Lindiwe Sisulu hits snag with Sadtu

2013-06-19 15:23

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Public Service and Administration Minister Lindiwe Sisulu will meet teachers’ union Sadtu this week regarding teachers’ pay, MPs have heard.

The Presidential Remuneration Commission – announced by President Jacob Zuma in his state-of-the-nation address – was meant to review the pay and working conditions of public servants, starting with teachers.

But the commission could not start its work until the SA Democratic Teachers’ Union (Sadtu) had dropped certain demands it was making.

“We are meeting Sadtu tomorrow and hoping we can strike an agreement, because this is an essential part of the work that we do,” Sisulu told Parliament’s portfolio committee on public service and administration today.

She said that during the last public-service wage agreement reached with unions, several concerns were raised.

These included teachers who had been teaching for two decades earning less than receptionists.

“We have never used an instrument that is scientific for all to understand on how we grade jobs and what the value for money is for those jobs ... what is this value for money?

“We talked about it, but we never tested it,” she said.

The commission, chaired by former chief justice Sandile Ngcobo, would invite input from unions and various other interested parties.

Regarding the commission’s terms of reference, Sisulu said it would make recommendations to government on, among others:

» A fair and efficient remuneration system;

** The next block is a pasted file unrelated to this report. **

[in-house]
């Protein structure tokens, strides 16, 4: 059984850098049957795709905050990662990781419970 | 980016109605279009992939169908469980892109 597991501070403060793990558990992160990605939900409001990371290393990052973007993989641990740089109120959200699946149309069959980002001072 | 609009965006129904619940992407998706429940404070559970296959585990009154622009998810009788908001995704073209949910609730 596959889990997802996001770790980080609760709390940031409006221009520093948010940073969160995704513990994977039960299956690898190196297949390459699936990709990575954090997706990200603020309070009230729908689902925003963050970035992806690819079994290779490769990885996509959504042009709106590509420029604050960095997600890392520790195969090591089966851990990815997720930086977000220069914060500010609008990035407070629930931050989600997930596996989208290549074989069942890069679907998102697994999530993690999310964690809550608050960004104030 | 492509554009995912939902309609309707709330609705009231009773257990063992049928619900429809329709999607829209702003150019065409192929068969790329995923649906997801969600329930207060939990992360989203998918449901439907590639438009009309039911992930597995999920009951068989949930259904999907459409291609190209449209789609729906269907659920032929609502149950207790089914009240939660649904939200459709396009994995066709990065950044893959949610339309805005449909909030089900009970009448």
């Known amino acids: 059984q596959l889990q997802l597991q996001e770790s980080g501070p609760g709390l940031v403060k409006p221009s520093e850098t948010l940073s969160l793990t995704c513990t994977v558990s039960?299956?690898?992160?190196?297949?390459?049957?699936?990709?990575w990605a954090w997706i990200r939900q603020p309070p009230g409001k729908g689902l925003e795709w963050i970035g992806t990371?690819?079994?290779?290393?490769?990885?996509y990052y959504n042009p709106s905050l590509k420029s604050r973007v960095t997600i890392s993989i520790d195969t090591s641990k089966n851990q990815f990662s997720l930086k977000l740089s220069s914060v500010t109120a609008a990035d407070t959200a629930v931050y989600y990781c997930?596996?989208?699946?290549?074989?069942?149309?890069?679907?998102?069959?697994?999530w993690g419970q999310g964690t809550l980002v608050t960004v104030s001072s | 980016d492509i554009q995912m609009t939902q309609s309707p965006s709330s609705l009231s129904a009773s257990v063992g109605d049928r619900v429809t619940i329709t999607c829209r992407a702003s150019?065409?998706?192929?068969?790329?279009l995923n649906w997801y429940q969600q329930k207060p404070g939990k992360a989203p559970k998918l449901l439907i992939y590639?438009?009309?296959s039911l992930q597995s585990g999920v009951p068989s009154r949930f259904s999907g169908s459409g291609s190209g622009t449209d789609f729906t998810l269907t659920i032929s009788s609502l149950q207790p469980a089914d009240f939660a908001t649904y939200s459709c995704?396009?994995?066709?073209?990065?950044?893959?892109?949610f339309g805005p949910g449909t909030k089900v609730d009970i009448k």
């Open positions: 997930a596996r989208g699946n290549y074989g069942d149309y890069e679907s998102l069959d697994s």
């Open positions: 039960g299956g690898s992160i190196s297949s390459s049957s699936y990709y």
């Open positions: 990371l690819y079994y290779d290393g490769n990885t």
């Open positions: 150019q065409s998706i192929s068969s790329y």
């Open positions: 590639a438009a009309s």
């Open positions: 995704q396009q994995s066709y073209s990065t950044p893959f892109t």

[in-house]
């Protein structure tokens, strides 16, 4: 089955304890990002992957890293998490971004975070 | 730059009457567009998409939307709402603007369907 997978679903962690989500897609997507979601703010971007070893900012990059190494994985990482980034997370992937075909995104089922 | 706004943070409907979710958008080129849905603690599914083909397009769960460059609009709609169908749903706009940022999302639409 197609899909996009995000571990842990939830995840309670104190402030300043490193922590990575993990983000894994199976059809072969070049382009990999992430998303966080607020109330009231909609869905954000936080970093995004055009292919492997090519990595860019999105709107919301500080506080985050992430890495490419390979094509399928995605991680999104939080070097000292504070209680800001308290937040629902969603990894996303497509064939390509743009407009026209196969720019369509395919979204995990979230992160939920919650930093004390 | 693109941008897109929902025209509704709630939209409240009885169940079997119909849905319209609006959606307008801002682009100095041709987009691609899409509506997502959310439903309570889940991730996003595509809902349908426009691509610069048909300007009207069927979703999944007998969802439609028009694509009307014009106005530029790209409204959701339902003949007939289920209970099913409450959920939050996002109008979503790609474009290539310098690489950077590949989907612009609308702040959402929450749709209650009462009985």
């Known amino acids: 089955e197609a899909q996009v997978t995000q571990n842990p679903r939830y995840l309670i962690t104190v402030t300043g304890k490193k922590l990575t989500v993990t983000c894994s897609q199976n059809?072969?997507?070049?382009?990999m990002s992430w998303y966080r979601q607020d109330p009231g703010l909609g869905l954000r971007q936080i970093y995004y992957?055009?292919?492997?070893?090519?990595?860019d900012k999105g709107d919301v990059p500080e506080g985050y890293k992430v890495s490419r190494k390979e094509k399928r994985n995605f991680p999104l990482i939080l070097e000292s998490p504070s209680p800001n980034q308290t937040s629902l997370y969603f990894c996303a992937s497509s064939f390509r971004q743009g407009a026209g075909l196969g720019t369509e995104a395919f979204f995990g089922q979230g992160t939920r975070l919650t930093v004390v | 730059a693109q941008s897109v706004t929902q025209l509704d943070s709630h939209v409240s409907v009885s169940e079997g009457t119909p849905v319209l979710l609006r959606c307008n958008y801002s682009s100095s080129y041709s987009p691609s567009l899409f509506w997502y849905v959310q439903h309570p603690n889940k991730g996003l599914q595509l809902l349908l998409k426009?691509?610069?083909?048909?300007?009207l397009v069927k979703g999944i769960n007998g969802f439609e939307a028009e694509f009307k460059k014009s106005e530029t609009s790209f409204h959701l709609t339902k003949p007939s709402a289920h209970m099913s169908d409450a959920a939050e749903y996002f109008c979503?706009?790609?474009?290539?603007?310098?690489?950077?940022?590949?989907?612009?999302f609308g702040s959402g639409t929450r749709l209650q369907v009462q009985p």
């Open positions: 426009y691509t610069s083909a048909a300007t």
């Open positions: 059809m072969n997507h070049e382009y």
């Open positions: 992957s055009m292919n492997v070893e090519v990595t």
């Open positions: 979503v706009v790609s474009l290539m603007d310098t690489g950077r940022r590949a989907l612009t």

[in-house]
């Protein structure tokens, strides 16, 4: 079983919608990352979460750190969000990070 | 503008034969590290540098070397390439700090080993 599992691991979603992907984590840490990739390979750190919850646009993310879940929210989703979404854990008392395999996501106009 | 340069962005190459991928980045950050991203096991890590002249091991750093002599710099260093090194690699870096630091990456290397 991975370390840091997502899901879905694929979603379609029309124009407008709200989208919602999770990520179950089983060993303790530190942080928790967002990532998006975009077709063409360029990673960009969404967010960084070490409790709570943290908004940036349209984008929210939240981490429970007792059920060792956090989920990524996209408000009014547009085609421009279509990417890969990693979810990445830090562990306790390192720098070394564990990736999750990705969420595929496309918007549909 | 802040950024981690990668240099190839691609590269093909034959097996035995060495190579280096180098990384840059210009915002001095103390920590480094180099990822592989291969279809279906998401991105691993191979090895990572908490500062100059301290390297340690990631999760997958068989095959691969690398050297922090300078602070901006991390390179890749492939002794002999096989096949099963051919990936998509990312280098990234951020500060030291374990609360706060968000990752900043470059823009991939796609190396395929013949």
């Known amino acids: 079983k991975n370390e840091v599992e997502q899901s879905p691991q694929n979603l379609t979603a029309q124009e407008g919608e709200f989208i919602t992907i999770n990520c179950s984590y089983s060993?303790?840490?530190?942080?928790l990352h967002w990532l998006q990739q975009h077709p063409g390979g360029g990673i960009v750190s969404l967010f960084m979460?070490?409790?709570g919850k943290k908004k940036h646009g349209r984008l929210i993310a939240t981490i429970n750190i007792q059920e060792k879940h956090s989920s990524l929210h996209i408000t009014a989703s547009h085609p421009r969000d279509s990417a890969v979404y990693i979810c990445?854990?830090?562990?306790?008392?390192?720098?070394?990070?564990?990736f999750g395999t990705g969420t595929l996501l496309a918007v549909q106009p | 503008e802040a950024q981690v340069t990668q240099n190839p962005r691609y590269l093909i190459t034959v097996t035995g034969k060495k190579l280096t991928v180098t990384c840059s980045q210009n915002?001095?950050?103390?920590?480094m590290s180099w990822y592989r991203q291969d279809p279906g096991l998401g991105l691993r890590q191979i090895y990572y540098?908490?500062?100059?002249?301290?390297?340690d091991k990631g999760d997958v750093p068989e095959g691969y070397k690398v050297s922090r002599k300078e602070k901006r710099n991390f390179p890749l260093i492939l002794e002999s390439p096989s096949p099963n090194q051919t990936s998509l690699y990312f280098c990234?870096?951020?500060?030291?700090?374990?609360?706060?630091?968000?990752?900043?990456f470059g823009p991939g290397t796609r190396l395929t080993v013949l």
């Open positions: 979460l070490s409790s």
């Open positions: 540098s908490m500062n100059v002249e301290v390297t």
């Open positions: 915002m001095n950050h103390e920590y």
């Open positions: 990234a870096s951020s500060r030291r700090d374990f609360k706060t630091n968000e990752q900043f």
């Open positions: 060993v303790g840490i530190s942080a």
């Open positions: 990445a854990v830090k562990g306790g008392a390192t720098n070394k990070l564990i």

» Benchmarking public-service remuneration and conditions of service relative to market remuneration;

» Inefficiencies in the remuneration structure as a result of excessive pay or inappropriate organisational design;

» General trends in salary level, structures, and wages;

» A uniform job-grading system to improve job equity throughout the public service; and

» Measurable performance indicators for the public service, which might be used to evaluate individual and departmental performance against salary levels.

“We talked about productivity, but we’ve never tested it with our people ... we never checked with our people whether teachers are paid sufficiently, or maybe overpaid, or whatever the case may be,” Sisulu said.

Government wanted an internationally recognised grading system.

“The teaching profession would be used as a benchmark against what we would say this is the salary we have worked out. This is what the state will get out of this particular person.”

If Sadtu did not drop some of its demands, the commission could prioritise another sector.

“We are now running out of time. At my last interaction with the president he said if we are not able to have an early settlement with Sadtu, rather start prioritising the nursing sector so we are able to make progress on this matter,” she told MPs.

The commission would be given eight months to complete its work, with a R25 million budget.

“The proclamation has been prepared and we hope it will be gazetted as soon as the president has satisfied himself that the labour problems around Sadtu have been done.”

On May 6, Sadtu suspended all protests after Basic Education Minister Angie Motshekga agreed to meet a host of its demands.

In a joint announcement, the minister undertook to support, among others, an urgent initiative to achieve parity in the public service, and to appoint a task team to deal with the union’s complaint about a failure to increase the salaries of matric exam markers.

Motshekga also bowed to the union’s demands for an investigation into allegations against her director-general Bobby Soobrayan.

It has accused him of violating the Public Finance Management Act. She said the matter would be referred to the Public Service Commission and dealt with as a matter of urgency.

At the same time, Sadtu dropped its call for Motshekga’s resignation.

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